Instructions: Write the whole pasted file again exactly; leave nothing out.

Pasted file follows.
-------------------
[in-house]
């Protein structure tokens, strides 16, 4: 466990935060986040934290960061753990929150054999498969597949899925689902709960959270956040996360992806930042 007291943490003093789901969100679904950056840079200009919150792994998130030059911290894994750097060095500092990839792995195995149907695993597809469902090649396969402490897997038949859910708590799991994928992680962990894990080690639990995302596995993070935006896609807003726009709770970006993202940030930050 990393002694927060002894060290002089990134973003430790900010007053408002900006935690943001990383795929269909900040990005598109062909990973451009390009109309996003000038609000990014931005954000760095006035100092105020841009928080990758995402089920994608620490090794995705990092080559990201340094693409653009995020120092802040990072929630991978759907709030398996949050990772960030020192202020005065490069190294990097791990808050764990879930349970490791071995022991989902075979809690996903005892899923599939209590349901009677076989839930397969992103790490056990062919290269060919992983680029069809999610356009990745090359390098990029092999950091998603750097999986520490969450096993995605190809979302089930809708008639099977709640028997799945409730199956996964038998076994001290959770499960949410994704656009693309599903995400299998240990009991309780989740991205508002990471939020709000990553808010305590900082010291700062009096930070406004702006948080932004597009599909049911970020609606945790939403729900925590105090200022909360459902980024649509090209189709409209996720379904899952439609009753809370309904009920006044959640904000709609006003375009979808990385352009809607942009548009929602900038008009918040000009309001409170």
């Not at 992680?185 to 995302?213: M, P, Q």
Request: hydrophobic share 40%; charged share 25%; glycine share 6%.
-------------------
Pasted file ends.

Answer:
[in-house]
């Protein structure tokens, strides 16, 4: 466990935060986040934290960061753990929150054999498969597949899925689902709960959270956040996360992806930042 007291943490003093789901969100679904950056840079200009919150792994998130030059911290894994750097060095500092990839792995195995149907695993597809469902090649396969402490897997038949859910708590799991994928992680962990894990080690639990995302596995993070935006896609807003726009709770970006993202940030930050 990393002694927060002894060290002089990134973003430790900010007053408002900006935690943001990383795929269909900040990005598109062909990973451009390009109309996003000038609000990014931005954000760095006035100092105020841009928080990758995402089920994608620490090794995705990092080559990201340094693409653009995020120092802040990072929630991978759907709030398996949050990772960030020192202020005065490069190294990097791990808050764990879930349970490791071995022991989902075979809690996903005892899923599939209590349901009677076989839930397969992103790490056990062919290269060919992983680029069809999610356009990745090359390098990029092999950091998603750097999986520490969450096993995605190809979302089930809708008639099977709640028997799945409730199956996964038998076994001290959770499960949410994704656009693309599903995400299998240990009991309780989740991205508002990471939020709000990553808010305590900082010291700062009096930070406004702006948080932004597009599909049911970020609606945790939403729900925590105090200022909360459902980024649509090209189709409209996720379904899952439609009753809370309904009920006044959640904000709609006003375009979808990385352009809607942009548009929602900038008009918040000009309001409170």
């Not at 992680?185 to 995302?213: M, P, Q």
Request: hydrophobic share 40%; charged share 25%; glycine share 6%.